This is not a book of sonnets… / But here there are indescribable pricks / And the cunt and the ass that place them / Just like candy in a box. / Here there are people who fuck and are fucked / And anatomies of cunts and pricks / And asses filled with many lost souls. / Here one fucks in more lovely ways, / Than were ever seen / Within any whorish hierarchies. / In the end only fools / Are disgusted at such tasty morsels / And God forgive anyone who does not fuck in the ass.

Aretino himself, therefore, tells us that these poems were ‘tossed out’, and that they should be likened to the way artists often ‘amuse themselves [with] lascivious objects’. If we take him at his word, the sonnets were a spirited celebration of the sexual, but they are not to be taken any more seriously than that.

But there are reasons not to take Aretino at face value. It is worth noting that various difficulties descended upon him as a result of publishing the I Modi sonnets: he faced arrest as well as death threats, prompting him to find sanctuary in Venice, the centre of sixteenth-century libertinism (and a place where, by all accounts, Aretino lived happily). Above all, of course, he had incurred the censure of the Church.

One of the decrees of the Council of Trent specifically addressed the issue of obscene publications:

Books which professedly deal with, narrate or teach things lascivious or obscene are absolutely prohibited, since not only the matter of faith but also that of morals, which are usually easily corrupted through the reading of such books, must be taken into consideration, and those who possess them are to be severely punished by the bishops. Ancient books written by the heathens may by reason of their elegance and quality of style be permitted, but by no means read to children.

One outcome of the Church’s Tridentine position was that books considered to be obscene were to be placed on the Index of Prohibited Books, and hence their authors (as well as publishers and printers) became subject to the attentions of the various Inquisitions operating during the early modern period. (Of course, by banning his book, the Church only made it more sought after, leading to numerous pirated copies appearing throughout Europe; even two centuries later, publishers were bringing out new editions of the sonnets, usually with accompanying engravings.)


A 1798 illustration, probably by Agostino Carracci, which accompanied Aretino’s sonnets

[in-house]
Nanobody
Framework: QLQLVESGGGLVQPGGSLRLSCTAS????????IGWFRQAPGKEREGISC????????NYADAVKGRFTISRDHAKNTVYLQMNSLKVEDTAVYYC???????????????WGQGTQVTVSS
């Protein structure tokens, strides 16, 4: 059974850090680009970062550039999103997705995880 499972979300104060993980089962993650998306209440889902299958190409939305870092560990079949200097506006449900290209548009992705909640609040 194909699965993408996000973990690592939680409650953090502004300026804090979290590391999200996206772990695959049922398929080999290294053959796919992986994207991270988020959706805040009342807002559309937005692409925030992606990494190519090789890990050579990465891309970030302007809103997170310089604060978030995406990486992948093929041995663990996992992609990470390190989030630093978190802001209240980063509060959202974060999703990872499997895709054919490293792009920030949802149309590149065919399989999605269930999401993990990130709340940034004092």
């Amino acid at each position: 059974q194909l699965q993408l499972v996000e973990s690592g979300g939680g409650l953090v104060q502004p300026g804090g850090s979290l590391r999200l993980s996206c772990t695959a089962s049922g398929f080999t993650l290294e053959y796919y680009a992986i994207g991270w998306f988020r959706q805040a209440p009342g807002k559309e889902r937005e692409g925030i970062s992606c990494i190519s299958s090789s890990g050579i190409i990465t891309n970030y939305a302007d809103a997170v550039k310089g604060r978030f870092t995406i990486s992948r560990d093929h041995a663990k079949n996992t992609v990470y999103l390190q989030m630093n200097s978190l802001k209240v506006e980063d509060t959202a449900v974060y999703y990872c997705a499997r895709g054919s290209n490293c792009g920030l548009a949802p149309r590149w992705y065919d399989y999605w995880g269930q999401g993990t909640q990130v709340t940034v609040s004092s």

Given the moral censure of the Church, it is not surprising that Aretino dismissively suggested that he had written no more than a light-hearted, albeit sexually explicit, volume of poems designed to get readers in the mood. He would like us to think that these are simply entertaining poems about cocks, cunts and arses and all the fun that can be had with them, and that there is little point in trying to read any more than that in them.

But there is a distinctively satirical edge to Aretino’s writing. For Aretino, pornography is a means to comment, under the cover of lascivious content, on his contemporary society and on certain individuals within it, some of whom are named (which is the reason he received subsequent death threats). There is an anti-clericalism running throughout his writings, such that he labels the real sodomites of his day as the clergy, not those usually described as such; and there is an underlying message that courtiers (i.e. the the supposedly refined nobility of the day) are really courtesans (i.e. whores), while courtesans are in fact the true courtiers. Above all, there is a disdain for hypocrisy. Aretino celebrates the importance of telling it how it is. He presents a subtle critique of the hypocritical way in which many of his fellow humanists and poets were justifiably critical of the wealthy and the nobility in private, yet in their public writings and orations they would suck up to these same men. Aretino, in arguing that sex should be talked about openly and plainly, pointedly contrasts this with the manner of humanists who will never refer to a cunt as a cunt.


Another Carracci(?) engraving illustrating Aretino’s sonnets

Aretino’s poems had, therefore, a subversive and transgressive edge: through pornography he was satirizing and critiquing his contemporary society and culture. In this respect his work stands firmly in the tradition of early modern pornography and erotic literature: this was a subversive, sometimes dangerous literary genre, and one consistently associated with radical ideas and free thinking. It is perhaps not surprising that such works were banned; equally, it is not surprising that pornography, as subject to official censure and consequently grouped with other subversive texts, was a form of writing with a sharp social and political edge.